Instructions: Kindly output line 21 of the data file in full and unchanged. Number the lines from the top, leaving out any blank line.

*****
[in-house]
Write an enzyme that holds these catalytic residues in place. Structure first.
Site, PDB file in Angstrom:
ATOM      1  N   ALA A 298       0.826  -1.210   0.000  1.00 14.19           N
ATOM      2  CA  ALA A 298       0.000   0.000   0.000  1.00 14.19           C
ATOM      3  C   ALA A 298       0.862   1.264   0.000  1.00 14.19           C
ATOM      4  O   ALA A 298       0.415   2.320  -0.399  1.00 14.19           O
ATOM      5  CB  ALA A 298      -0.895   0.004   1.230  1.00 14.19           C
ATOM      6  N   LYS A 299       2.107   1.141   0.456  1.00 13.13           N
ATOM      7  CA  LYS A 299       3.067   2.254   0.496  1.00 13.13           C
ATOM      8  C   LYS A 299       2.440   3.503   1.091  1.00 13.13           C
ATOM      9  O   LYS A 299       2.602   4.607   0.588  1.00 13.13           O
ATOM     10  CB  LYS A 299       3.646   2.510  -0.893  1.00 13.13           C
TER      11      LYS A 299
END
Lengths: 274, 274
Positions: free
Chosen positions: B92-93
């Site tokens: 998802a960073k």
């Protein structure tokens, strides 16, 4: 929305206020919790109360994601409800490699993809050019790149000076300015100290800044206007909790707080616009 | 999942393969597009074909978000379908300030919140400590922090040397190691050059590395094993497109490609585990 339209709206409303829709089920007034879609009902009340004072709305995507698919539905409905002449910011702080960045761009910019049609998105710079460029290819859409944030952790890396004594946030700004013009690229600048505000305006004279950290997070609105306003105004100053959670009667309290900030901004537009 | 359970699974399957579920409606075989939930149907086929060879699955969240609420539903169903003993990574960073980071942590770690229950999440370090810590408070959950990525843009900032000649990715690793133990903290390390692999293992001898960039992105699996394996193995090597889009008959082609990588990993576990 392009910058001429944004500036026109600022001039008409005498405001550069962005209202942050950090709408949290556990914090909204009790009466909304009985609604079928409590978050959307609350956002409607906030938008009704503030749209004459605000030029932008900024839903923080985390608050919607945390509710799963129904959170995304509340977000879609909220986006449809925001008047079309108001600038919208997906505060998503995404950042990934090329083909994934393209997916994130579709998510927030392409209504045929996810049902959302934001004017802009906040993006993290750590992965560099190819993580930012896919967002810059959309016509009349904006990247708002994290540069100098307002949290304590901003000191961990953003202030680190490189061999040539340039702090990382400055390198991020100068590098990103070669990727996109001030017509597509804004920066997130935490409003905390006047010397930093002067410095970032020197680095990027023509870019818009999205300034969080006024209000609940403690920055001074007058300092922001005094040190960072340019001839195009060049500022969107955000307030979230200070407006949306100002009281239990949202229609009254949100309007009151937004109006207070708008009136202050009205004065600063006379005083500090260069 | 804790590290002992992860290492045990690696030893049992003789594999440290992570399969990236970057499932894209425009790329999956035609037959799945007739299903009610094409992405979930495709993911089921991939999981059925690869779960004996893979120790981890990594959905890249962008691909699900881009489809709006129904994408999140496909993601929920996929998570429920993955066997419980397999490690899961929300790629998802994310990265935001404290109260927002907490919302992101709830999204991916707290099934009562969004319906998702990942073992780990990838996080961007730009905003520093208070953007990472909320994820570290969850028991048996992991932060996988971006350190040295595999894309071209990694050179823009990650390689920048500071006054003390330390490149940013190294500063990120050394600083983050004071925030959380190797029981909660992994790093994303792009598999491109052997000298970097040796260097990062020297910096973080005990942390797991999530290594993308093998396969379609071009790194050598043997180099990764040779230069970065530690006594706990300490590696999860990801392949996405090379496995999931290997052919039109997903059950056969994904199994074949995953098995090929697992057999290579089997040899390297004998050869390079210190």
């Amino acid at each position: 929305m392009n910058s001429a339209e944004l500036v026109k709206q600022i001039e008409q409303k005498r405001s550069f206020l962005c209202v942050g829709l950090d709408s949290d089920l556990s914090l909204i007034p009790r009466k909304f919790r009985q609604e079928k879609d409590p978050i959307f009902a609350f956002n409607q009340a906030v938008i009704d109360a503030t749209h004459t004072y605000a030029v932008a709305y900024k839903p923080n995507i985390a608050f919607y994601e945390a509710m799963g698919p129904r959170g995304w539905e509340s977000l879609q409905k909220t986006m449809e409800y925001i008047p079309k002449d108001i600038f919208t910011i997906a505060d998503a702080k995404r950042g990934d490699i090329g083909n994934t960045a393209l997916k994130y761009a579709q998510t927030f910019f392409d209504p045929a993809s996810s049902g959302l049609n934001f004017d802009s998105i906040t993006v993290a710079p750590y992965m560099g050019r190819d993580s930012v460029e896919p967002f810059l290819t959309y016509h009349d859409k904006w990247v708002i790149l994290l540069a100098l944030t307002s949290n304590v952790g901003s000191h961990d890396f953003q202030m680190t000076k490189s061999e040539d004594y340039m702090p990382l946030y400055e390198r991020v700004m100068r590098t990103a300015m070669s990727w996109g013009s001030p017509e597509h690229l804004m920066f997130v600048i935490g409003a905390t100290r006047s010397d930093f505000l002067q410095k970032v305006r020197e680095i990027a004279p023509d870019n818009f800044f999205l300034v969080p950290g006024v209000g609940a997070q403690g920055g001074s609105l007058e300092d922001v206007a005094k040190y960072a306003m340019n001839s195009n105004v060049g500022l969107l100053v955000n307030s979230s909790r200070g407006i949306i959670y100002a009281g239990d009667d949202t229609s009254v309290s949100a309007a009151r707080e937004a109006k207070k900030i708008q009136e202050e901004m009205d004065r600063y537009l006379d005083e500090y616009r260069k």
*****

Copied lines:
């Amino acid at each position: 929305m392009n910058s001429a339209e944004l500036v026109k709206q600022i001039e008409q409303k005498r405001s550069f206020l962005c209202v942050g829709l950090d709408s949290d089920l556990s914090l909204i007034p009790r009466k909304f919790r009985q609604e079928k879609d409590p978050i959307f009902a609350f956002n409607q009340a906030v938008i009704d109360a503030t749209h004459t004072y605000a030029v932008a709305y900024k839903p923080n995507i985390a608050f919607y994601e945390a509710m799963g698919p129904r959170g995304w539905e509340s977000l879609q409905k909220t986006m449809e409800y925001i008047p079309k002449d108001i600038f919208t910011i997906a505060d998503a702080k995404r950042g990934d490699i090329g083909n994934t960045a393209l997916k994130y761009a579709q998510t927030f910019f392409d209504p045929a993809s996810s049902g959302l049609n934001f004017d802009s998105i906040t993006v993290a710079p750590y992965m560099g050019r190819d993580s930012v460029e896919p967002f810059l290819t959309y016509h009349d859409k904006w990247v708002i790149l994290l540069a100098l944030t307002s949290n304590v952790g901003s000191h961990d890396f953003q202030m680190t000076k490189s061999e040539d004594y340039m702090p990382l946030y400055e390198r991020v700004m100068r590098t990103a300015m070669s990727w996109g013009s001030p017509e597509h690229l804004m920066f997130v600048i935490g409003a905390t100290r006047s010397d930093f505000l002067q410095k970032v305006r020197e680095i990027a004279p023509d870019n818009f800044f999205l300034v969080p950290g006024v209000g609940a997070q403690g920055g001074s609105l007058e300092d922001v206007a005094k040190y960072a306003m340019n001839s195009n105004v060049g500022l969107l100053v955000n307030s979230s909790r200070g407006i949306i959670y100002a009281g239990d009667d949202t229609s009254v309290s949100a309007a009151r707080e937004a109006k207070k900030i708008q009136e202050e901004m009205d004065r600063y537009l006379d005083e500090y616009r260069k």